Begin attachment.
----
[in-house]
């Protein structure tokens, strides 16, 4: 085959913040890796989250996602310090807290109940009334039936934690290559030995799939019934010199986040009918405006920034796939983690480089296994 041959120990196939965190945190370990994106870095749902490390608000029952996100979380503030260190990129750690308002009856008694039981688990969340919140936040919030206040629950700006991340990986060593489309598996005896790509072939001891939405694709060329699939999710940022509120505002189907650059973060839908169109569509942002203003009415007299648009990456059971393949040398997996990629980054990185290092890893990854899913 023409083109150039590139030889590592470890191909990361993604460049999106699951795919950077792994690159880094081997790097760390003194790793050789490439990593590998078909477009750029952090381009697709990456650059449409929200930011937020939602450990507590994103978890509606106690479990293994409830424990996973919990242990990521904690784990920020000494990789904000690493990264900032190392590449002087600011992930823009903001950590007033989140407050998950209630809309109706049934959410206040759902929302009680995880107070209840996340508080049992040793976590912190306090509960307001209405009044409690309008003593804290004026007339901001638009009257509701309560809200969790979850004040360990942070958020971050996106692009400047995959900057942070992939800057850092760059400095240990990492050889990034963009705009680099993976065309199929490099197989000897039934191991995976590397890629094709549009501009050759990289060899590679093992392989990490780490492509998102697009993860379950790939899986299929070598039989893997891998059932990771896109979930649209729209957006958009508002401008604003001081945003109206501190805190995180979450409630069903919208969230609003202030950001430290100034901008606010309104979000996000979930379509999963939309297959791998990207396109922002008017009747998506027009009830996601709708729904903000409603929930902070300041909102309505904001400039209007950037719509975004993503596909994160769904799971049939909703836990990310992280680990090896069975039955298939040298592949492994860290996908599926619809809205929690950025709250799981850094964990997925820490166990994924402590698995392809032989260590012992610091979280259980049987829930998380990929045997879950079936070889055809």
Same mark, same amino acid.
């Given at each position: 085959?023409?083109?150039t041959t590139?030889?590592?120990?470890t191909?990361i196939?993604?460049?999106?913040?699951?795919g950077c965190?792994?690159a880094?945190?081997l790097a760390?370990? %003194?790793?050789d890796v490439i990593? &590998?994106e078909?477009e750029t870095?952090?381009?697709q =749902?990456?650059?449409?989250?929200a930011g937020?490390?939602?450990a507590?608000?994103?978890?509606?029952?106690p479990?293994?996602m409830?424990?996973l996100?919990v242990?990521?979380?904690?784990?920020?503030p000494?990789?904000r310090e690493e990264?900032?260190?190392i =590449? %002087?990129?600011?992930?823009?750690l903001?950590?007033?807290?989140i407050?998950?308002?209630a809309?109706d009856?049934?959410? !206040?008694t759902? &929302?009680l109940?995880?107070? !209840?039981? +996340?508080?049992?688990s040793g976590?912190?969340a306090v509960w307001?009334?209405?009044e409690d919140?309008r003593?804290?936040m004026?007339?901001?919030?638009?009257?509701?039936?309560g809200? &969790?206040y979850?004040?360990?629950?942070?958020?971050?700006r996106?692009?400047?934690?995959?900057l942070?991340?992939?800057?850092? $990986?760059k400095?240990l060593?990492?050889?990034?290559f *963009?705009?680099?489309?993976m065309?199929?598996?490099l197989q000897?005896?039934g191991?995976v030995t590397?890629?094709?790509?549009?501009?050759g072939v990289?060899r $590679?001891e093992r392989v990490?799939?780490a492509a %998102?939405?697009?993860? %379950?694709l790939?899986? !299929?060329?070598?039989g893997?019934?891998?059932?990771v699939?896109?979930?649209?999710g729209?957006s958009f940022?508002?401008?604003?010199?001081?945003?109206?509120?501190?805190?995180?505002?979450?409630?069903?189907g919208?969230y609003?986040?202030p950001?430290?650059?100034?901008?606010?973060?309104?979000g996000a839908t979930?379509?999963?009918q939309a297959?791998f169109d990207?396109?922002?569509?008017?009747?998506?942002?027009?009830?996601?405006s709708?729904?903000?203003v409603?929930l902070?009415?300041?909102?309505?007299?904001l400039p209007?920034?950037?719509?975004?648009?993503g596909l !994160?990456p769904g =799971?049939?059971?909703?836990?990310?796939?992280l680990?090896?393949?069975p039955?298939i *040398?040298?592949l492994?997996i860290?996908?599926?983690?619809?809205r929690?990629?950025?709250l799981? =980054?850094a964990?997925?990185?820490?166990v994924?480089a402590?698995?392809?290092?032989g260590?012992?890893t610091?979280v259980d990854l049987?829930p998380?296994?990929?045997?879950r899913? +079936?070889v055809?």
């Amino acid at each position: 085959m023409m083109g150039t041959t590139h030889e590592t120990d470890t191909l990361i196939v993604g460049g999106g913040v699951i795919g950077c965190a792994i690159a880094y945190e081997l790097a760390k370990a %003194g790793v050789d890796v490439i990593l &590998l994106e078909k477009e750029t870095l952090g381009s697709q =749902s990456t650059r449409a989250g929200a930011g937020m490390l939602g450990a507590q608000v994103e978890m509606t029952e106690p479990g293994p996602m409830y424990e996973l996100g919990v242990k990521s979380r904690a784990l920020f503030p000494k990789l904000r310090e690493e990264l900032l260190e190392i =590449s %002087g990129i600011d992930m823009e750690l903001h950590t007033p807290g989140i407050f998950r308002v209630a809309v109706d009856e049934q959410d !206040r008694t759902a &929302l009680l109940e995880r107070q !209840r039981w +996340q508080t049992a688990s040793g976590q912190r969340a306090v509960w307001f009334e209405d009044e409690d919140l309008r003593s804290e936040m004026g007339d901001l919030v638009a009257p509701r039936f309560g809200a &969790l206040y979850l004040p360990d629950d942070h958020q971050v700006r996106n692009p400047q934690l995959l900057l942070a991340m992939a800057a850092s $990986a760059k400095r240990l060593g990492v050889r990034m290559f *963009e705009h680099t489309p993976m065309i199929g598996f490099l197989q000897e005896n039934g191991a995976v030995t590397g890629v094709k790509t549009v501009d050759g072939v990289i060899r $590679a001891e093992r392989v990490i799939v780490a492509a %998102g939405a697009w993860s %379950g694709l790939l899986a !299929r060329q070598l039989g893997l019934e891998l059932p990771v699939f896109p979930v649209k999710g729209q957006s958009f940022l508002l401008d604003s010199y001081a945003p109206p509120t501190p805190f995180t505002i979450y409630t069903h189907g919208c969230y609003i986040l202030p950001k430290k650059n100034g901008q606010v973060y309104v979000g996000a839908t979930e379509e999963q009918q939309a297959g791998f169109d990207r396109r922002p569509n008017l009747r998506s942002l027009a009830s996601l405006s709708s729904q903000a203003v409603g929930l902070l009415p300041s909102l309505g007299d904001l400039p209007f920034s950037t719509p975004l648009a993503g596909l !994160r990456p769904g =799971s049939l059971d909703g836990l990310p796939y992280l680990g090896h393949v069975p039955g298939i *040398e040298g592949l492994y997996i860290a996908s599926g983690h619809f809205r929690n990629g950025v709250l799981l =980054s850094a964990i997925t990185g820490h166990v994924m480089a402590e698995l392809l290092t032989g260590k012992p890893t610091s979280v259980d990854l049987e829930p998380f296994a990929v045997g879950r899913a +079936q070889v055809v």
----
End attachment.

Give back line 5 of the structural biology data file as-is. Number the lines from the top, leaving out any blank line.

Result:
């Amino acid at each position: 085959m023409m083109g150039t041959t590139h030889e590592t120990d470890t191909l990361i196939v993604g460049g999106g913040v699951i795919g950077c965190a792994i690159a880094y945190e081997l790097a760390k370990a %003194g790793v050789d890796v490439i990593l &590998l994106e078909k477009e750029t870095l952090g381009s697709q =749902s990456t650059r449409a989250g929200a930011g937020m490390l939602g450990a507590q608000v994103e978890m509606t029952e106690p479990g293994p996602m409830y424990e996973l996100g919990v242990k990521s979380r904690a784990l920020f503030p000494k990789l904000r310090e690493e990264l900032l260190e190392i =590449s %002087g990129i600011d992930m823009e750690l903001h950590t007033p807290g989140i407050f998950r308002v209630a809309v109706d009856e049934q959410d !206040r008694t759902a &929302l009680l109940e995880r107070q !209840r039981w +996340q508080t049992a688990s040793g976590q912190r969340a306090v509960w307001f009334e209405d009044e409690d919140l309008r003593s804290e936040m004026g007339d901001l919030v638009a009257p509701r039936f309560g809200a &969790l206040y979850l004040p360990d629950d942070h958020q971050v700006r996106n692009p400047q934690l995959l900057l942070a991340m992939a800057a850092s $990986a760059k400095r240990l060593g990492v050889r990034m290559f *963009e705009h680099t489309p993976m065309i199929g598996f490099l197989q000897e005896n039934g191991a995976v030995t590397g890629v094709k790509t549009v501009d050759g072939v990289i060899r $590679a001891e093992r392989v990490i799939v780490a492509a %998102g939405a697009w993860s %379950g694709l790939l899986a !299929r060329q070598l039989g893997l019934e891998l059932p990771v699939f896109p979930v649209k999710g729209q957006s958009f940022l508002l401008d604003s010199y001081a945003p109206p509120t501190p805190f995180t505002i979450y409630t069903h189907g919208c969230y609003i986040l202030p950001k430290k650059n100034g901008q606010v973060y309104v979000g996000a839908t979930e379509e999963q009918q939309a297959g791998f169109d990207r396109r922002p569509n008017l009747r998506s942002l027009a009830s996601l405006s709708s729904q903000a203003v409603g929930l902070l009415p300041s909102l309505g007299d904001l400039p209007f920034s950037t719509p975004l648009a993503g596909l !994160r990456p769904g =799971s049939l059971d909703g836990l990310p796939y992280l680990g090896h393949v069975p039955g298939i *040398e040298g592949l492994y997996i860290a996908s599926g983690h619809f809205r929690n990629g950025v709250l799981l =980054s850094a964990i997925t990185g820490h166990v994924m480089a402590e698995l392809l290092t032989g260590k012992p890893t610091s979280v259980d990854l049987e829930p998380f296994a990929v045997g879950r899913a +079936q070889v055809v």